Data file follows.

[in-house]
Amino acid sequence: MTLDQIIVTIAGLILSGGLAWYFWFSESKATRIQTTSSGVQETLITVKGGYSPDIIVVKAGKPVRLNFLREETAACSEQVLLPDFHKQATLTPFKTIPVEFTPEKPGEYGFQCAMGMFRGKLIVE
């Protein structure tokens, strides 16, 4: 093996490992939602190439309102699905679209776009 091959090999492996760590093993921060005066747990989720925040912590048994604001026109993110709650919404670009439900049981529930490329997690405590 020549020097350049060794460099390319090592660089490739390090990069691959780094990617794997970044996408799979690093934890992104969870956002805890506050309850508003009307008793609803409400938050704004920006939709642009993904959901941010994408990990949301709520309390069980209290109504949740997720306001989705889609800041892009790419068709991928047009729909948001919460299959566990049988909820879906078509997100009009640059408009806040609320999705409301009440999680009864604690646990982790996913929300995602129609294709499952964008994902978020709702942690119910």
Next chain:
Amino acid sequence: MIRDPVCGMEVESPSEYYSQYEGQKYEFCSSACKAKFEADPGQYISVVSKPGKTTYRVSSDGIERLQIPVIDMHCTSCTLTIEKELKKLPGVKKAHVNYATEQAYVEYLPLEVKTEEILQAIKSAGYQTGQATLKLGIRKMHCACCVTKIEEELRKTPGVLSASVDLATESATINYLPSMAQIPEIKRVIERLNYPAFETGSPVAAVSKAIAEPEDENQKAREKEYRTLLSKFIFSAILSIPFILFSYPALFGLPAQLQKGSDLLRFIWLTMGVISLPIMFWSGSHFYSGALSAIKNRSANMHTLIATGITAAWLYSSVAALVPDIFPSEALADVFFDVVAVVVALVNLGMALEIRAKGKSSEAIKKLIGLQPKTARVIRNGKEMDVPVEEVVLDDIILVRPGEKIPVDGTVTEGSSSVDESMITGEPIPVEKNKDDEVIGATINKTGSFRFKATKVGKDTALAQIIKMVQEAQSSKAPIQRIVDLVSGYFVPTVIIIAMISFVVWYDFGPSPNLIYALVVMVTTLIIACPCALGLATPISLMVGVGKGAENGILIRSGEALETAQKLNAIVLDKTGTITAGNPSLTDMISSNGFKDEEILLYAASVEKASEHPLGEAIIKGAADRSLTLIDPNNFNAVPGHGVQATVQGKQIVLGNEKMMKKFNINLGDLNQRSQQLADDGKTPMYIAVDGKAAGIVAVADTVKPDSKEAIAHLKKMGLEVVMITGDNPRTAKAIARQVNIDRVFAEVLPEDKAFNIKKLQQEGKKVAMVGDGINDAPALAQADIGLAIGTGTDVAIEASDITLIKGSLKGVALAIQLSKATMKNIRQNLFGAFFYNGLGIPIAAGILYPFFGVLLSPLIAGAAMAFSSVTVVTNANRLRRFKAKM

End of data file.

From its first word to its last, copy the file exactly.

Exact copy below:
[in-house]
Amino acid sequence: MTLDQIIVTIAGLILSGGLAWYFWFSESKATRIQTTSSGVQETLITVKGGYSPDIIVVKAGKPVRLNFLREETAACSEQVLLPDFHKQATLTPFKTIPVEFTPEKPGEYGFQCAMGMFRGKLIVE
């Protein structure tokens, strides 16, 4: 093996490992939602190439309102699905679209776009 091959090999492996760590093993921060005066747990989720925040912590048994604001026109993110709650919404670009439900049981529930490329997690405590 020549020097350049060794460099390319090592660089490739390090990069691959780094990617794997970044996408799979690093934890992104969870956002805890506050309850508003009307008793609803409400938050704004920006939709642009993904959901941010994408990990949301709520309390069980209290109504949740997720306001989705889609800041892009790419068709991928047009729909948001919460299959566990049988909820879906078509997100009009640059408009806040609320999705409301009440999680009864604690646990982790996913929300995602129609294709499952964008994902978020709702942690119910």
Next chain:
Amino acid sequence: MIRDPVCGMEVESPSEYYSQYEGQKYEFCSSACKAKFEADPGQYISVVSKPGKTTYRVSSDGIERLQIPVIDMHCTSCTLTIEKELKKLPGVKKAHVNYATEQAYVEYLPLEVKTEEILQAIKSAGYQTGQATLKLGIRKMHCACCVTKIEEELRKTPGVLSASVDLATESATINYLPSMAQIPEIKRVIERLNYPAFETGSPVAAVSKAIAEPEDENQKAREKEYRTLLSKFIFSAILSIPFILFSYPALFGLPAQLQKGSDLLRFIWLTMGVISLPIMFWSGSHFYSGALSAIKNRSANMHTLIATGITAAWLYSSVAALVPDIFPSEALADVFFDVVAVVVALVNLGMALEIRAKGKSSEAIKKLIGLQPKTARVIRNGKEMDVPVEEVVLDDIILVRPGEKIPVDGTVTEGSSSVDESMITGEPIPVEKNKDDEVIGATINKTGSFRFKATKVGKDTALAQIIKMVQEAQSSKAPIQRIVDLVSGYFVPTVIIIAMISFVVWYDFGPSPNLIYALVVMVTTLIIACPCALGLATPISLMVGVGKGAENGILIRSGEALETAQKLNAIVLDKTGTITAGNPSLTDMISSNGFKDEEILLYAASVEKASEHPLGEAIIKGAADRSLTLIDPNNFNAVPGHGVQATVQGKQIVLGNEKMMKKFNINLGDLNQRSQQLADDGKTPMYIAVDGKAAGIVAVADTVKPDSKEAIAHLKKMGLEVVMITGDNPRTAKAIARQVNIDRVFAEVLPEDKAFNIKKLQQEGKKVAMVGDGINDAPALAQADIGLAIGTGTDVAIEASDITLIKGSLKGVALAIQLSKATMKNIRQNLFGAFFYNGLGIPIAAGILYPFFGVLLSPLIAGAAMAFSSVTVVTNANRLRRFKAKM